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Memes can help people cope

Using humor in moderation can reduce stress, relieve tension, help people reflect

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Memes can help people cope

Relatable memes can help people understand and observe their feelings from an outside perspective which can be beneficial to those in need of catharsis.

Relatable memes can help people understand and observe their feelings from an outside perspective which can be beneficial to those in need of catharsis.

Relatable memes can help people understand and observe their feelings from an outside perspective which can be beneficial to those in need of catharsis.

Relatable memes can help people understand and observe their feelings from an outside perspective which can be beneficial to those in need of catharsis.

AMAR JOSHI, Evergreen columnist

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Twitter is filling faster and faster with relatable, low-hanging memes about depression, mental illness and suicide. Frankly, it’s getting tough to wade through all that garbage just to get to good content. The weird thing is while I can relate to them, I never find them genuinely funny.

Thanks to the efforts of activists, policymakers and doctors, the stigma around mental health has shifted from locking people in insane asylums to just uncomfortable chats with family. That positive change has also led to a mass of exaggerated memes about mental illness and suicide.

Twitter became a haven for people to voice their most personal psychological problems and many joined seeking an outlet for their feelings. The potent combination of relatability and self-deprecation was almost guaranteed success.

Jimmy Silk, Cable 8 special projects coordinator, has a different opinion.

“I haven’t come across a depression meme that’s gotten me good,” Silk said.

Everyone knows what you’re talking about when you say, “I hate myself.” Most of the time they have thought the same thing. That’s the strange part — most of the world has had a moment where something happened and a simple thought flashed through their head: “I am a bad person.”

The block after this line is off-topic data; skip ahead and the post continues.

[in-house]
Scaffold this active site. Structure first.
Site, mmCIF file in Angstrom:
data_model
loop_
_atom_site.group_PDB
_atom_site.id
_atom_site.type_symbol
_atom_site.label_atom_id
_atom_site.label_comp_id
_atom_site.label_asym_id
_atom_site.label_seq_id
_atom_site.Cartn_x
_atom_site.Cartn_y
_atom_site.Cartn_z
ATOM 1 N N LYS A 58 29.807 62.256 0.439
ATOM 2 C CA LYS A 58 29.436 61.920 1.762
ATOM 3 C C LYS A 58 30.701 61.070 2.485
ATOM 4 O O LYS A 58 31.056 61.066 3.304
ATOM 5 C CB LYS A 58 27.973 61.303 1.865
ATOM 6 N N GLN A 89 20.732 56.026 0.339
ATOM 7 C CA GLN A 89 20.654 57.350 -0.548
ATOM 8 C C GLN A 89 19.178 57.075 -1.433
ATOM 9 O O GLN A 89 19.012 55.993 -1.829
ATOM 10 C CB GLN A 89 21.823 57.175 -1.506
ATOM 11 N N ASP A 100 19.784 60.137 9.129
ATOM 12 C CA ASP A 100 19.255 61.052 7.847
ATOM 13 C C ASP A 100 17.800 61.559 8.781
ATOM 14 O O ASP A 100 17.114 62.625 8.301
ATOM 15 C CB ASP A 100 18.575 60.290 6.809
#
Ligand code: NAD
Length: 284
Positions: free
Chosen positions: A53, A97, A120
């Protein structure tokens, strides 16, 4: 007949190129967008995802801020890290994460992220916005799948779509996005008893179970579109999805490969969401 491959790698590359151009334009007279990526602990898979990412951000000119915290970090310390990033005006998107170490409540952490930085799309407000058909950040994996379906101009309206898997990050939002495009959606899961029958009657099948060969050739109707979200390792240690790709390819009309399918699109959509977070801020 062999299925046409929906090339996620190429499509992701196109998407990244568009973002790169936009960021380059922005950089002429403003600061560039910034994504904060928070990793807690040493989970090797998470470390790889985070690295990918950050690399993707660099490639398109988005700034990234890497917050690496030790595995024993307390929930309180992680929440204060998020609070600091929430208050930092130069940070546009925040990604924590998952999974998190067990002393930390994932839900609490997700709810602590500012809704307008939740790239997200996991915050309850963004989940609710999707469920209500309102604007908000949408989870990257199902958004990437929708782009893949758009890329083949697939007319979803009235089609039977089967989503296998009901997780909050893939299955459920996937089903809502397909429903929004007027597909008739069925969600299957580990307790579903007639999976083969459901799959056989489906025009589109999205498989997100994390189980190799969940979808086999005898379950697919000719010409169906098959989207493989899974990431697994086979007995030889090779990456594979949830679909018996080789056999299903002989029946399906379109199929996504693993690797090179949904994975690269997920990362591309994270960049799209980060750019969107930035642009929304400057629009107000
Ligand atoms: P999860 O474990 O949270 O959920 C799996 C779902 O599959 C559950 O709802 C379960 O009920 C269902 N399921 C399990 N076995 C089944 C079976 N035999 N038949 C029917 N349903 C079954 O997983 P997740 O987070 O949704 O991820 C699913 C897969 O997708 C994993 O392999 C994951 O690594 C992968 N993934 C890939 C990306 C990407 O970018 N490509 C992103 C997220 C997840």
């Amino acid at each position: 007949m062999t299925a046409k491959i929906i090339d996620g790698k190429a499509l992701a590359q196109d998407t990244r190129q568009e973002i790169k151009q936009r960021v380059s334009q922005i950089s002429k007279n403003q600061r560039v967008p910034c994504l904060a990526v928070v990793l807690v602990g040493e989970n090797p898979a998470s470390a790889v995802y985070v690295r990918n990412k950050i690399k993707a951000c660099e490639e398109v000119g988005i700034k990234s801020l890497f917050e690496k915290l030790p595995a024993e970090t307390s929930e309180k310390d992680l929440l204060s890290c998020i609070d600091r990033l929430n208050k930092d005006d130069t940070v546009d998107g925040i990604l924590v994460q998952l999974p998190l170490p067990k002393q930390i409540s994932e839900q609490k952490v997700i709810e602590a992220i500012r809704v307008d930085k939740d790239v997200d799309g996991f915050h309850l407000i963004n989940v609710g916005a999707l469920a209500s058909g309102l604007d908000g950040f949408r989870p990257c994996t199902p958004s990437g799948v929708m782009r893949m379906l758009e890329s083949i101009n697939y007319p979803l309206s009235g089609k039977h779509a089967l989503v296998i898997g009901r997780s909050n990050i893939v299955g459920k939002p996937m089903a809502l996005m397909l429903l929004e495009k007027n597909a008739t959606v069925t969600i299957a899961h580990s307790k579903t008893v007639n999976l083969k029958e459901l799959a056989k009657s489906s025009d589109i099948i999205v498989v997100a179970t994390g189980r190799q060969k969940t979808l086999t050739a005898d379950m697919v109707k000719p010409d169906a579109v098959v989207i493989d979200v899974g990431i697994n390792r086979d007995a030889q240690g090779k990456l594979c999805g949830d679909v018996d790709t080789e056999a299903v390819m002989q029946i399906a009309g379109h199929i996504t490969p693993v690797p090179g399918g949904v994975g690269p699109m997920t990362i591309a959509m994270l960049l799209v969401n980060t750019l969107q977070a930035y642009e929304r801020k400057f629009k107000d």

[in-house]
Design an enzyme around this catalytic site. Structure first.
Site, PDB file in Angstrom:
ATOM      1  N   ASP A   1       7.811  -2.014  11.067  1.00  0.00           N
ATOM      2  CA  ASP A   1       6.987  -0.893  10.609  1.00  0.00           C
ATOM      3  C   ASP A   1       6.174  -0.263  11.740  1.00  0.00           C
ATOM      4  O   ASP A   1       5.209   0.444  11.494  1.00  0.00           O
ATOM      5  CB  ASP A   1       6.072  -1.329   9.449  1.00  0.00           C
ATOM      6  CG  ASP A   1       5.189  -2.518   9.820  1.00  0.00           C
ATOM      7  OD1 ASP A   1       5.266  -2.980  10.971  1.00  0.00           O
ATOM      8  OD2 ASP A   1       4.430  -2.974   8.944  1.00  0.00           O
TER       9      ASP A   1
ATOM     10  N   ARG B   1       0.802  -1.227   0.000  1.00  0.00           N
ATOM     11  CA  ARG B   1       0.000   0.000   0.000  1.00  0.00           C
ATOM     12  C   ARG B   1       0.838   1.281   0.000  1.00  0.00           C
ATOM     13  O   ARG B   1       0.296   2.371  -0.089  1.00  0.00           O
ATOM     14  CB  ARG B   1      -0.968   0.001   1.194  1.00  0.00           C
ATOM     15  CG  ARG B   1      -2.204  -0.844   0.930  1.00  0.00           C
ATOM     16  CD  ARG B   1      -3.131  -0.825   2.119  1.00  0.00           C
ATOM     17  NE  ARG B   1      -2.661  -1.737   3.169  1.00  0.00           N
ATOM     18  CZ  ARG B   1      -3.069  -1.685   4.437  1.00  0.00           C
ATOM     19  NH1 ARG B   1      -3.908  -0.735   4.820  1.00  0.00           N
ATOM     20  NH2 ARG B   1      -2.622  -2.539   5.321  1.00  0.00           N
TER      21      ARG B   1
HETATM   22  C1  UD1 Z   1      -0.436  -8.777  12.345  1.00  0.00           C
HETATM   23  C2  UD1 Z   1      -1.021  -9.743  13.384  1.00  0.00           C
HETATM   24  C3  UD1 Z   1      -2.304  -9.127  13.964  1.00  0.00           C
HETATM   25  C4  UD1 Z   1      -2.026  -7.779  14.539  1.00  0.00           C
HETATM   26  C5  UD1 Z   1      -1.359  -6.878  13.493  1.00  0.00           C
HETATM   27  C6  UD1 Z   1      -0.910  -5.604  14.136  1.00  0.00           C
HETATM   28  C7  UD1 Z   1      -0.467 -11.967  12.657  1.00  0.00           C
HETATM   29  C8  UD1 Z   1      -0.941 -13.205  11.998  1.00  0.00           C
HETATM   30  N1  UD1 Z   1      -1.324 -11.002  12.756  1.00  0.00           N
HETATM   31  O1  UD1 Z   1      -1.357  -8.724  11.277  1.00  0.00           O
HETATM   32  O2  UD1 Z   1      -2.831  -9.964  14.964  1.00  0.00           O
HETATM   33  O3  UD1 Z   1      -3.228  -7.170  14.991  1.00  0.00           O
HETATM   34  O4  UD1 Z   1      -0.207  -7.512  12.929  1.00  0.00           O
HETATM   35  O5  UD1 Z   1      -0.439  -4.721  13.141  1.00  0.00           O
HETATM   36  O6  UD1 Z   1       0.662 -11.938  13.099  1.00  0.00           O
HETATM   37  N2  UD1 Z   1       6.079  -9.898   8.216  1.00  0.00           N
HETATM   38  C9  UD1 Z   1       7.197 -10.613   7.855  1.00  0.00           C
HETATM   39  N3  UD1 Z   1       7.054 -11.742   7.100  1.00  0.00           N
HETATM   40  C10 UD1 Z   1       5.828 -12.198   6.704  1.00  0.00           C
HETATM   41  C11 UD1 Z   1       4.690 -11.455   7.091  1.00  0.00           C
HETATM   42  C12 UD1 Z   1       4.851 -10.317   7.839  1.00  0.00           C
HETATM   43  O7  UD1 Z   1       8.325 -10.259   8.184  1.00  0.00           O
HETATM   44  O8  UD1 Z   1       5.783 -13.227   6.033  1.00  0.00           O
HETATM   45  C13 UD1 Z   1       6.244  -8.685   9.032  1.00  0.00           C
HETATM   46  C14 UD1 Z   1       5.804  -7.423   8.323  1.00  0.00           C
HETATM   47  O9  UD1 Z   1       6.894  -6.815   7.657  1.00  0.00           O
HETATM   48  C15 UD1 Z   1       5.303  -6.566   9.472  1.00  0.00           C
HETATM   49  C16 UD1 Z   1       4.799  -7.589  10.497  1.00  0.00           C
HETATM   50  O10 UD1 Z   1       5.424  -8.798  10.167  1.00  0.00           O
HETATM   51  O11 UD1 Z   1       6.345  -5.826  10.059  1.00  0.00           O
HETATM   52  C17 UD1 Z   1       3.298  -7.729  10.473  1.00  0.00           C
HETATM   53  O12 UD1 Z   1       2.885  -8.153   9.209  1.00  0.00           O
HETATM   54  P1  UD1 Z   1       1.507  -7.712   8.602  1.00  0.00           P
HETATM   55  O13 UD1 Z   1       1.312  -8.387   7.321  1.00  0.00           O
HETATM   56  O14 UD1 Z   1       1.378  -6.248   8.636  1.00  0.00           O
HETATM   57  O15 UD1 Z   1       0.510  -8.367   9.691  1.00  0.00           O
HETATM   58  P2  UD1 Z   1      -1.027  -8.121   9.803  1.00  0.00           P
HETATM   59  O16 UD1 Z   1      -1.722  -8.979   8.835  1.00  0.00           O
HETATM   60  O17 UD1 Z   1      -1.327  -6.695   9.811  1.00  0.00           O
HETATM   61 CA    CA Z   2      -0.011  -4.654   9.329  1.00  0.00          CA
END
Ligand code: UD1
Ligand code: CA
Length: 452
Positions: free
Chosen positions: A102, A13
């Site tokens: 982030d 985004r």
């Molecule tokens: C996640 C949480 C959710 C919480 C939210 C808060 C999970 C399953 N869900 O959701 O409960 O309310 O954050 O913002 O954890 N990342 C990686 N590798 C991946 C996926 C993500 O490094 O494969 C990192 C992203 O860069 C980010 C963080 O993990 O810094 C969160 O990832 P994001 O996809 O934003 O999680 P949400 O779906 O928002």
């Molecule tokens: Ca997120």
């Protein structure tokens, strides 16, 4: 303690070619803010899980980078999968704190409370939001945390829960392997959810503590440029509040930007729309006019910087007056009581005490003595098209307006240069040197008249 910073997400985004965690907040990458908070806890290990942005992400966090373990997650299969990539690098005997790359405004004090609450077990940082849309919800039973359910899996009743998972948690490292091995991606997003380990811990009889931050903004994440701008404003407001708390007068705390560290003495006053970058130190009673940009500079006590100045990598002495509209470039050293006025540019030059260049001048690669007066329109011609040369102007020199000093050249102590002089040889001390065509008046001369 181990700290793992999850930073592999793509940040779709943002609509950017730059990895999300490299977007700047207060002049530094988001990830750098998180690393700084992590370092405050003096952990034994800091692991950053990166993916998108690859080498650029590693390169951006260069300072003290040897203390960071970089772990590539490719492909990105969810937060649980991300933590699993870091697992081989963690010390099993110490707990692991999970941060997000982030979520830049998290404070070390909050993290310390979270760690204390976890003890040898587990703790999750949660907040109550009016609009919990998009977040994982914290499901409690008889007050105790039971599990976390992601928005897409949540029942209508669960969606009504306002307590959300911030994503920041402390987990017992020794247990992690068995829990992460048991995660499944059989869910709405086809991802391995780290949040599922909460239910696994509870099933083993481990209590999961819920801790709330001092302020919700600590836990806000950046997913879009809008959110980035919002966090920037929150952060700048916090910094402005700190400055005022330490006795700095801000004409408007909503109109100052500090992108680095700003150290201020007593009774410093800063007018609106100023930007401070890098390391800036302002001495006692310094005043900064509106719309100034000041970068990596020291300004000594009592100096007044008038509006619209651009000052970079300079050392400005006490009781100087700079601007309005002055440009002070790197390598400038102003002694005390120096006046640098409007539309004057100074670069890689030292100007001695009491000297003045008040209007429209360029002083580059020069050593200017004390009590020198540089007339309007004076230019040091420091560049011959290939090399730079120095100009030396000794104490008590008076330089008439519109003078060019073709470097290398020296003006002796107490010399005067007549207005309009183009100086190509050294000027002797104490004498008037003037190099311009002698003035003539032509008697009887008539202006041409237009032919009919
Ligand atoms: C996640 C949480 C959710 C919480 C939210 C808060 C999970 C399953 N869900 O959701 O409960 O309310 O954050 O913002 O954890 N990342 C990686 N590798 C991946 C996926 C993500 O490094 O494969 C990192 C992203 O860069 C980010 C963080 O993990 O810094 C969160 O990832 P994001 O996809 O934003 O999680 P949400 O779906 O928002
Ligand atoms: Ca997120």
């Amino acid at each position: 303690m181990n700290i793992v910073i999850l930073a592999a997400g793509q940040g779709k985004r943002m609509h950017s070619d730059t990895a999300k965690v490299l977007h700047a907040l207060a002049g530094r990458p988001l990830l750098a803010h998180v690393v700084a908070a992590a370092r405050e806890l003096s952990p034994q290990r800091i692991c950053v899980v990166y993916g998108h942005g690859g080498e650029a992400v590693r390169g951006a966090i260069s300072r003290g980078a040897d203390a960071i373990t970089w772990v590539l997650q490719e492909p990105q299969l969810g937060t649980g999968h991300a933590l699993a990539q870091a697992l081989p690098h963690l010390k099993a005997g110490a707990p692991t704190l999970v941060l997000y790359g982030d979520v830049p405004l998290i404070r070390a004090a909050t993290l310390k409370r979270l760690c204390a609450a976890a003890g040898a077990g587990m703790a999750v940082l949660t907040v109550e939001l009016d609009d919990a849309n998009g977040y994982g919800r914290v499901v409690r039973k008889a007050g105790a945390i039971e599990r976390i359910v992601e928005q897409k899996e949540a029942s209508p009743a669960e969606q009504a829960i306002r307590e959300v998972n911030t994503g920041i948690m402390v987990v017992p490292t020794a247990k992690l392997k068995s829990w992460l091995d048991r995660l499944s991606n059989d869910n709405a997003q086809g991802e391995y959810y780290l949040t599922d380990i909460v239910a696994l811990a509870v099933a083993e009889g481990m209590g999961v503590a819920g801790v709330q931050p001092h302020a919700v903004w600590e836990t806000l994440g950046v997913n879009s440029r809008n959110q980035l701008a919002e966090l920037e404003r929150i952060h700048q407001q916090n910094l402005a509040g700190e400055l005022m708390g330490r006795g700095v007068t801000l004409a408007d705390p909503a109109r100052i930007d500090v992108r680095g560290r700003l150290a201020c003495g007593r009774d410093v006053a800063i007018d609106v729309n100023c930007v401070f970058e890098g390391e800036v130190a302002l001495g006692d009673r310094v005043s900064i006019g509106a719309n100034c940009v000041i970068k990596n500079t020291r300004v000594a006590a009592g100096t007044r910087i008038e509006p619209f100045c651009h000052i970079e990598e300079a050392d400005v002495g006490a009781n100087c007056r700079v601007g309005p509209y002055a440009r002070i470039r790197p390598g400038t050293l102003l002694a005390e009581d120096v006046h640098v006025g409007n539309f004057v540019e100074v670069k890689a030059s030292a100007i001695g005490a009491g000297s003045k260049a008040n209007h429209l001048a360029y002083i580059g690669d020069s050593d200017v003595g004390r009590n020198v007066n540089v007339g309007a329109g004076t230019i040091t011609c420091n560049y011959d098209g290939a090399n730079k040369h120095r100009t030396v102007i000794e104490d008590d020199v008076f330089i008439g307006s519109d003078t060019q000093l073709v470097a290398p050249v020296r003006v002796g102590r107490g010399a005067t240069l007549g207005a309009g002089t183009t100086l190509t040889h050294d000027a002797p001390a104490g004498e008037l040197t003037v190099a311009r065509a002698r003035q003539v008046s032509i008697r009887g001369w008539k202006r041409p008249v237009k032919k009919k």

Anyone can think to themselves what that phrase means to them. It’s a harsh thing to think about but everyone can relate to it. That little voice in their head who’s always rooting for them to lose. We can all relate and laugh at the fact that we’re not alone or in my case that maybe there are people who are worse than me.

It’s fine to relate to these memes. The important thing is whether they can actually benefit people with mental illness.

“It can be negative by normalizing depression and suicide, making people feel like it’s not a big issue,” Silk said. “That could actually be a positive thing too since they wouldn’t take their depression so seriously and it would have less of an impact.”

Patients who can laugh about and make light of their condition show much more improvement in individual psychotherapy. When humor is approached as a coping mechanism and strategy for relieving stress, it becomes a very potent medicine in relieving tension, according to an article published in Evidence-Based Complementary and Alternative Medicine.

Not only does humor work on an individual level, it is useful in group settings as well. In addition to it relieving tension, it also has the added benefit of connecting individuals in a group.

When humor is injected into a group therapy session it helps put everyone’s problems into perspective and takes away some of the severity of the situation. By making jokes about their issues, patients are able to actively grasp their own conditions.

To create a joke about their situation, a patient has to first analyze and understand their problem. This allows patients to observe their situation from the outside. This perspective helps the patient work through their problems as if they were someone else’s.

For most people, being able to talk about mental illness on social media is a benefit. It provides a needed emotional catharsis, can help people better understand others’ points of view and, most of all, they are relatable.

About the Writer
AMAR JOSHI, Evergreen columnist

Amar Joshi is a freshman journalism major from Kirkland, WA.

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